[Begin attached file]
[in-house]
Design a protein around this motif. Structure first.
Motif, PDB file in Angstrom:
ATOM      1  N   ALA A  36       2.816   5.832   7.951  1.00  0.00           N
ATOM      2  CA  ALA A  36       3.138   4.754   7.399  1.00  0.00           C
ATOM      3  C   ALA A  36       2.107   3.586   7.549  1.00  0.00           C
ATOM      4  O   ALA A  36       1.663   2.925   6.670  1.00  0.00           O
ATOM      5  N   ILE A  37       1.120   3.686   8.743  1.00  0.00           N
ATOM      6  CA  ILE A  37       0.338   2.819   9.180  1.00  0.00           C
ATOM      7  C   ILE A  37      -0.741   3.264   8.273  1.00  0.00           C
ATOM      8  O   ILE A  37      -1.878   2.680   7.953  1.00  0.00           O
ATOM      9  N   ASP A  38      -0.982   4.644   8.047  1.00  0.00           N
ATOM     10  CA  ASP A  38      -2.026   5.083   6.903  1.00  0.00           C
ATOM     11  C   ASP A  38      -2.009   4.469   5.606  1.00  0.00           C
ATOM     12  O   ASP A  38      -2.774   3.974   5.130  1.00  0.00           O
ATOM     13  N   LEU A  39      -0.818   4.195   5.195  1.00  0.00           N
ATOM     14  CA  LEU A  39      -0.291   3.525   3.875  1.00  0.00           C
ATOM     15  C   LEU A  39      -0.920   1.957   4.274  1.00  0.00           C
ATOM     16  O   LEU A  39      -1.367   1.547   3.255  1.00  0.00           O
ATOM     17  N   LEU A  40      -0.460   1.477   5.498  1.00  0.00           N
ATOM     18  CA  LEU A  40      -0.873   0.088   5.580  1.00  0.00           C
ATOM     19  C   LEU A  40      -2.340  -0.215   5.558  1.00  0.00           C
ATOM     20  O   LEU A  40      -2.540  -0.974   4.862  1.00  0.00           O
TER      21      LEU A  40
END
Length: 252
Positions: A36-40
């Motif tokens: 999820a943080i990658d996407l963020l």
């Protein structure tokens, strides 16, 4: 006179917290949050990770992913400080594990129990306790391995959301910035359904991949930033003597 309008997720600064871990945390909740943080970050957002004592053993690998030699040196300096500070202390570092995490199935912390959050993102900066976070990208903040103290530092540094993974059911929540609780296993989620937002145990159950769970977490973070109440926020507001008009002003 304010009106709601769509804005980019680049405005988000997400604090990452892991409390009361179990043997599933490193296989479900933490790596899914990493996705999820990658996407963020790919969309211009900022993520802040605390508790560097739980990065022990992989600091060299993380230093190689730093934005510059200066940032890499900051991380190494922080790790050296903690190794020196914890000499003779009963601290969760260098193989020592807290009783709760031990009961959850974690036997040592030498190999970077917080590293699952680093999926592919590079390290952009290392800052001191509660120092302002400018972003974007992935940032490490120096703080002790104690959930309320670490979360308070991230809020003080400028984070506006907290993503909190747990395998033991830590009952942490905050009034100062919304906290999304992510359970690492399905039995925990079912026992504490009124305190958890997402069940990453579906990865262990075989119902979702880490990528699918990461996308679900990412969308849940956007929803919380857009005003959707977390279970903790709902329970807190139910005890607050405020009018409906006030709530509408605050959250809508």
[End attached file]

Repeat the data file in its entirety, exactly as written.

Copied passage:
[in-house]
Design a protein around this motif. Structure first.
Motif, PDB file in Angstrom:
ATOM      1  N   ALA A  36       2.816   5.832   7.951  1.00  0.00           N
ATOM      2  CA  ALA A  36       3.138   4.754   7.399  1.00  0.00           C
ATOM      3  C   ALA A  36       2.107   3.586   7.549  1.00  0.00           C
ATOM      4  O   ALA A  36       1.663   2.925   6.670  1.00  0.00           O
ATOM      5  N   ILE A  37       1.120   3.686   8.743  1.00  0.00           N
ATOM      6  CA  ILE A  37       0.338   2.819   9.180  1.00  0.00           C
ATOM      7  C   ILE A  37      -0.741   3.264   8.273  1.00  0.00           C
ATOM      8  O   ILE A  37      -1.878   2.680   7.953  1.00  0.00           O
ATOM      9  N   ASP A  38      -0.982   4.644   8.047  1.00  0.00           N
ATOM     10  CA  ASP A  38      -2.026   5.083   6.903  1.00  0.00           C
ATOM     11  C   ASP A  38      -2.009   4.469   5.606  1.00  0.00           C
ATOM     12  O   ASP A  38      -2.774   3.974   5.130  1.00  0.00           O
ATOM     13  N   LEU A  39      -0.818   4.195   5.195  1.00  0.00           N
ATOM     14  CA  LEU A  39      -0.291   3.525   3.875  1.00  0.00           C
ATOM     15  C   LEU A  39      -0.920   1.957   4.274  1.00  0.00           C
ATOM     16  O   LEU A  39      -1.367   1.547   3.255  1.00  0.00           O
ATOM     17  N   LEU A  40      -0.460   1.477   5.498  1.00  0.00           N
ATOM     18  CA  LEU A  40      -0.873   0.088   5.580  1.00  0.00           C
ATOM     19  C   LEU A  40      -2.340  -0.215   5.558  1.00  0.00           C
ATOM     20  O   LEU A  40      -2.540  -0.974   4.862  1.00  0.00           O
TER      21      LEU A  40
END
Length: 252
Positions: A36-40
């Motif tokens: 999820a943080i990658d996407l963020l």
């Protein structure tokens, strides 16, 4: 006179917290949050990770992913400080594990129990306790391995959301910035359904991949930033003597 309008997720600064871990945390909740943080970050957002004592053993690998030699040196300096500070202390570092995490199935912390959050993102900066976070990208903040103290530092540094993974059911929540609780296993989620937002145990159950769970977490973070109440926020507001008009002003 304010009106709601769509804005980019680049405005988000997400604090990452892991409390009361179990043997599933490193296989479900933490790596899914990493996705999820990658996407963020790919969309211009900022993520802040605390508790560097739980990065022990992989600091060299993380230093190689730093934005510059200066940032890499900051991380190494922080790790050296903690190794020196914890000499003779009963601290969760260098193989020592807290009783709760031990009961959850974690036997040592030498190999970077917080590293699952680093999926592919590079390290952009290392800052001191509660120092302002400018972003974007992935940032490490120096703080002790104690959930309320670490979360308070991230809020003080400028984070506006907290993503909190747990395998033991830590009952942490905050009034100062919304906290999304992510359970690492399905039995925990079912026992504490009124305190958890997402069940990453579906990865262990075989119902979702880490990528699918990461996308679900990412969308849940956007929803919380857009005003959707977390279970903790709902329970807190139910005890607050405020009018409906006030709530509408605050959250809508």